This post is part of our ongoing series on the action-oriented process. Centuries from now, science may advance to the point where we are able to see into the future. Until then, we have to plan for different scenarios. This means that before beginning research, savvy researchers create a scenario planning document. This document contains hypothetical research outcomes, as well as potential organizational outcomes for each. The scenario planning document is invaluable, in that it forces the organization to plan for action from the outset of the project. More importantly, it also helps identify and eliminate projects that are unlikely to lead to action.Based on interviews with Research (R)evolutions participants, Vivisum has identified a three-step process in creating a scenario plan.
Step 1: Hypothesize research outcomes
Once they define their core research questions, researchers spend time with stakeholders to identify their hypothesized outcomes on those questions. By identifying hypotheses, the research can identify widely held organizational beliefs and flag any research findings that may contradict those deeply held beliefs.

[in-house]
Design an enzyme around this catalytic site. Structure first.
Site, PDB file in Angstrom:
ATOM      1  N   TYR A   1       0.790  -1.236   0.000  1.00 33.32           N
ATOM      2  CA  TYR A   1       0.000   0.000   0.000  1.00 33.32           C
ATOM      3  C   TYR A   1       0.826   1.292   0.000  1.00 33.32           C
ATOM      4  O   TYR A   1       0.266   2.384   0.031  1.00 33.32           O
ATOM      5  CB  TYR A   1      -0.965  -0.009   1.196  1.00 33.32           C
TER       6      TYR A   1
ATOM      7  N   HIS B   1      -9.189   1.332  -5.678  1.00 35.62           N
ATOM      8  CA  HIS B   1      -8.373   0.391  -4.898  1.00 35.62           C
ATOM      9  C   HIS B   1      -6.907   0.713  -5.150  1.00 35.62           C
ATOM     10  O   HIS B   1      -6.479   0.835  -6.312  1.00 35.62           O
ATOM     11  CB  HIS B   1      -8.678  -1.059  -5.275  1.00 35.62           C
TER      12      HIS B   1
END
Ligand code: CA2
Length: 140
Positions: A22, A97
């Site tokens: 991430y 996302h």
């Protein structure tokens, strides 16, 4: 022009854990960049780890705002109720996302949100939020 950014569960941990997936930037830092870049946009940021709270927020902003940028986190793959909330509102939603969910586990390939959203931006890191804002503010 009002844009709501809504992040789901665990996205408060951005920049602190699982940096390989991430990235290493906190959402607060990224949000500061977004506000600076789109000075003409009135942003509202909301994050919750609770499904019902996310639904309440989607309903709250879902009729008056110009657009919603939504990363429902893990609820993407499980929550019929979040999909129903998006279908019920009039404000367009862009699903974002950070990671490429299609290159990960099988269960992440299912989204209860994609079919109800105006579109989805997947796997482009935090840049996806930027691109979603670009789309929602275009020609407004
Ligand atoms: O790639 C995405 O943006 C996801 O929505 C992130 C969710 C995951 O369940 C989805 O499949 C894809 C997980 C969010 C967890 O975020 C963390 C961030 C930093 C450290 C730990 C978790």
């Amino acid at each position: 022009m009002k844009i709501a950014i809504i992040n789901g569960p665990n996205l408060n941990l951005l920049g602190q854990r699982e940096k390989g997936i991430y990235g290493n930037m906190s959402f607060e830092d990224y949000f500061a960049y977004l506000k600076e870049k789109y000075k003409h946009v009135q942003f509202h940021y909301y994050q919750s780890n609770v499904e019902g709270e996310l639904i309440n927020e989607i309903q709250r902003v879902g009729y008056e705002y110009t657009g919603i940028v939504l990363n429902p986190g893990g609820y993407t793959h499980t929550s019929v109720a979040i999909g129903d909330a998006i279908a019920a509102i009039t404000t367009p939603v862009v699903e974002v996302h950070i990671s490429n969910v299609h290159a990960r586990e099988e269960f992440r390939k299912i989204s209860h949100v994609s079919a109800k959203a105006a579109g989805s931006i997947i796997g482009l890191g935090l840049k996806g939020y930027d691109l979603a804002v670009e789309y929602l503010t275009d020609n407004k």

Step 2: Identify Actions
For each hypothesis that you and your team come up with, try asking this question: if this finding occurs, what will you do with that information? Think about your organization’s strategic objectives and specific action items that can result from certain insights. This helps to differentiate between actionable research and “nice to know” research.
Step 3: Adjust Research Design
Ultimately, this scenario planning process allows researchers to refine their research objectives and focus on the projects that are most likely to lead to organizational action. In some cases, this enables researchers to say no to research that is unlikely to drive organizational change.Image courtesy of Flood G. on Flickr Creative Commons